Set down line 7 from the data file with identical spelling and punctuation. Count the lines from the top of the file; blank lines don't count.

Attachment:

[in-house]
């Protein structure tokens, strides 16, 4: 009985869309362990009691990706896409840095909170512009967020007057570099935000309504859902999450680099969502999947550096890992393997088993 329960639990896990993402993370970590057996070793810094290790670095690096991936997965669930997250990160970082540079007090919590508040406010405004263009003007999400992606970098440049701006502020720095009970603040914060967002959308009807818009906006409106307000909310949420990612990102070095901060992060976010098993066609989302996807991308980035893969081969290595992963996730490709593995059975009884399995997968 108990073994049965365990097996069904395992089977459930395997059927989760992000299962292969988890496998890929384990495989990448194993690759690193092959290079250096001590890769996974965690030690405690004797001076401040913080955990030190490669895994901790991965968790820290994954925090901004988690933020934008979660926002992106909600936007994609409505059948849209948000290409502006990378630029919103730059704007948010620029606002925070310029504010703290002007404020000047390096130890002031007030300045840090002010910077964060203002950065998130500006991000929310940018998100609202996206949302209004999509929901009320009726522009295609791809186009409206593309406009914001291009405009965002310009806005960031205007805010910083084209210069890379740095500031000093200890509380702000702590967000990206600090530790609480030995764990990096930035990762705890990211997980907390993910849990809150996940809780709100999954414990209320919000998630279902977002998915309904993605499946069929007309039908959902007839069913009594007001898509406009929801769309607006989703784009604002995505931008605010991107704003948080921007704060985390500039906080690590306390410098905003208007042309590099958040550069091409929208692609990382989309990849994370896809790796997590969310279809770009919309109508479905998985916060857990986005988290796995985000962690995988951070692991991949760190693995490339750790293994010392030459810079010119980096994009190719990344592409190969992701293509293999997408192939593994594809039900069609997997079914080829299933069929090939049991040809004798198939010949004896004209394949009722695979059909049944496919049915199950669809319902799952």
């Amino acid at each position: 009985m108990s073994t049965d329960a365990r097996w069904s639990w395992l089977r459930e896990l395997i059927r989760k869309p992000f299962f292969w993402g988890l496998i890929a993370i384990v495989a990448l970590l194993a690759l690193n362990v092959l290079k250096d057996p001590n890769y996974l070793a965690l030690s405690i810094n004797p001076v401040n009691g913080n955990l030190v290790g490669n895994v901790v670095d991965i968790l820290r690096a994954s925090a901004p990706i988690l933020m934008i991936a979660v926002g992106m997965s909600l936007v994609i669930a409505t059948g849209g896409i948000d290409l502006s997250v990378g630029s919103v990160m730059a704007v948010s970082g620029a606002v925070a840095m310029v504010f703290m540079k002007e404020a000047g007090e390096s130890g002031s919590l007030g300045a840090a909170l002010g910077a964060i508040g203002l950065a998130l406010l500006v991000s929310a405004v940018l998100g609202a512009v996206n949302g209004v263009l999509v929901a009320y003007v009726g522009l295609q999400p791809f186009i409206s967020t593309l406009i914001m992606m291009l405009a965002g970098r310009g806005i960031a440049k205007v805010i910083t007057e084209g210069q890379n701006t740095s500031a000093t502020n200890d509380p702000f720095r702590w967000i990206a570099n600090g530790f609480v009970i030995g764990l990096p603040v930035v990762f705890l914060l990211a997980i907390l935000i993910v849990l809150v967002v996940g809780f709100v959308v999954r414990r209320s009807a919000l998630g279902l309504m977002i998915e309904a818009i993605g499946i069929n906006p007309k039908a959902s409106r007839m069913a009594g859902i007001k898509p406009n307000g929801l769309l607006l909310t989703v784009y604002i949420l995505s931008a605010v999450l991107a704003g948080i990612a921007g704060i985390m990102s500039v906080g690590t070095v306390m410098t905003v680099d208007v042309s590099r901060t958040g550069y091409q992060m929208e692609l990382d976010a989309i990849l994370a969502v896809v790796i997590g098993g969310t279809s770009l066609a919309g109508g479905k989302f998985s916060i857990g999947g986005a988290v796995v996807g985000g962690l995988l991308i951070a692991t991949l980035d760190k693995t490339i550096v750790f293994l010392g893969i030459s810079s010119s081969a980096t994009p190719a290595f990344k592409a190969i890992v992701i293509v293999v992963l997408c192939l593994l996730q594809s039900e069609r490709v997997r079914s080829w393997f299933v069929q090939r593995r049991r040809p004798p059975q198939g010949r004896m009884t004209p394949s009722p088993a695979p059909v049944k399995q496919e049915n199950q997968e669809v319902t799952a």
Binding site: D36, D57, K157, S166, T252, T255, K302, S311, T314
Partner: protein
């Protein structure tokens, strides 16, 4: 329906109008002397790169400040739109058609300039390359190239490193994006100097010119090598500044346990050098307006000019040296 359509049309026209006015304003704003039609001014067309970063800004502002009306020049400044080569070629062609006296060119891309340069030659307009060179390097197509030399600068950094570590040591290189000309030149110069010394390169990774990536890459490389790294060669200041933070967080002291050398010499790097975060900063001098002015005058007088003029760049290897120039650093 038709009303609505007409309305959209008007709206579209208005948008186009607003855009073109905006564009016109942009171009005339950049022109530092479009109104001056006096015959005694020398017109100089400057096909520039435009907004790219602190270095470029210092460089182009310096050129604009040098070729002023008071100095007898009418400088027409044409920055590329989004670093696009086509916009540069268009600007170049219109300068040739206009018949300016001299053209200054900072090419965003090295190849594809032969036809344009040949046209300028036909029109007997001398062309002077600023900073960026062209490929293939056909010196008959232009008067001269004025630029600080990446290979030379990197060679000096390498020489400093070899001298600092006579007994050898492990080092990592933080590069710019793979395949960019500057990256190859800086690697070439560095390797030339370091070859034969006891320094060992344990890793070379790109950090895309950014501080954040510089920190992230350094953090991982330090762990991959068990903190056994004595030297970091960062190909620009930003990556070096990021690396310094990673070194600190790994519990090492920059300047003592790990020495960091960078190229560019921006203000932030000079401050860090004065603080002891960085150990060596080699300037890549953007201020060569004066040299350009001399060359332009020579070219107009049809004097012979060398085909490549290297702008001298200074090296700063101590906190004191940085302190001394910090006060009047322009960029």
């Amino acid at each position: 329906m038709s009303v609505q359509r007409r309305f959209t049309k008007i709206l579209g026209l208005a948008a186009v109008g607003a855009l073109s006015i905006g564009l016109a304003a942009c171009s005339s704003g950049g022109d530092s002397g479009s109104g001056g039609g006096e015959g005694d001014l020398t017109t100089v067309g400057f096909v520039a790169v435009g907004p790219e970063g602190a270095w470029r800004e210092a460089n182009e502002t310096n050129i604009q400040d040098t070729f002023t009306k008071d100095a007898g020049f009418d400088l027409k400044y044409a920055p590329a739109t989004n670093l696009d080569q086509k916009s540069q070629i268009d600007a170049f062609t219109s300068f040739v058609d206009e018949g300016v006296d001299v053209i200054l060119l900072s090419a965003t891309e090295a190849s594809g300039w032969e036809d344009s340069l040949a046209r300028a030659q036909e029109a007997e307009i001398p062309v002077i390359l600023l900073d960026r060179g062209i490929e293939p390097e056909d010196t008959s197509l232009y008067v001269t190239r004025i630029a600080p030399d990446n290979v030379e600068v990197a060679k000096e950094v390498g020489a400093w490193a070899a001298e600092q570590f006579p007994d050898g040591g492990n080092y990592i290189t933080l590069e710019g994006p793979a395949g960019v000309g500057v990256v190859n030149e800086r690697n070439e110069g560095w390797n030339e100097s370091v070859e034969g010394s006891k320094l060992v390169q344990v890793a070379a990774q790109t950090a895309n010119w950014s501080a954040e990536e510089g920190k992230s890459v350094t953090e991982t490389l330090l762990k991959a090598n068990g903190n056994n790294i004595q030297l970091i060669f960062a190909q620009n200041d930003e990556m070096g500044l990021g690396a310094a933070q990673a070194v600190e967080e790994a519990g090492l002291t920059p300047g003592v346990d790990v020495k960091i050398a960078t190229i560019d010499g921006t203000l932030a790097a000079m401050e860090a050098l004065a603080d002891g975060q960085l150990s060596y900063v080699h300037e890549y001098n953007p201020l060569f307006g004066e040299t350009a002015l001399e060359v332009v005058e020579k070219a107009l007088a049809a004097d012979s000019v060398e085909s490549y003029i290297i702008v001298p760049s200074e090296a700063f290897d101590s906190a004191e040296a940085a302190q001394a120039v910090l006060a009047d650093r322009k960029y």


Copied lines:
């Amino acid at each position: 329906m038709s009303v609505q359509r007409r309305f959209t049309k008007i709206l579209g026209l208005a948008a186009v109008g607003a855009l073109s006015i905006g564009l016109a304003a942009c171009s005339s704003g950049g022109d530092s002397g479009s109104g001056g039609g006096e015959g005694d001014l020398t017109t100089v067309g400057f096909v520039a790169v435009g907004p790219e970063g602190a270095w470029r800004e210092a460089n182009e502002t310096n050129i604009q400040d040098t070729f002023t009306k008071d100095a007898g020049f009418d400088l027409k400044y044409a920055p590329a739109t989004n670093l696009d080569q086509k916009s540069q070629i268009d600007a170049f062609t219109s300068f040739v058609d206009e018949g300016v006296d001299v053209i200054l060119l900072s090419a965003t891309e090295a190849s594809g300039w032969e036809d344009s340069l040949a046209r300028a030659q036909e029109a007997e307009i001398p062309v002077i390359l600023l900073d960026r060179g062209i490929e293939p390097e056909d010196t008959s197509l232009y008067v001269t190239r004025i630029a600080p030399d990446n290979v030379e600068v990197a060679k000096e950094v390498g020489a400093w490193a070899a001298e600092q570590f006579p007994d050898g040591g492990n080092y990592i290189t933080l590069e710019g994006p793979a395949g960019v000309g500057v990256v190859n030149e800086r690697n070439e110069g560095w390797n030339e100097s370091v070859e034969g010394s006891k320094l060992v390169q344990v890793a070379a990774q790109t950090a895309n010119w950014s501080a954040e990536e510089g920190k992230s890459v350094t953090e991982t490389l330090l762990k991959a090598n068990g903190n056994n790294i004595q030297l970091i060669f960062a190909q620009n200041d930003e990556m070096g500044l990021g690396a310094a933070q990673a070194v600190e967080e790994a519990g090492l002291t920059p300047g003592v346990d790990v020495k960091i050398a960078t190229i560019d010499g921006t203000l932030a790097a000079m401050e860090a050098l004065a603080d002891g975060q960085l150990s060596y900063v080699h300037e890549y001098n953007p201020l060569f307006g004066e040299t350009a002015l001399e060359v332009v005058e020579k070219a107009l007088a049809a004097d012979s000019v060398e085909s490549y003029i290297i702008v001298p760049s200074e090296a700063f290897d101590s906190a004191e040296a940085a302190q001394a120039v910090l006060a009047d650093r322009k960029y």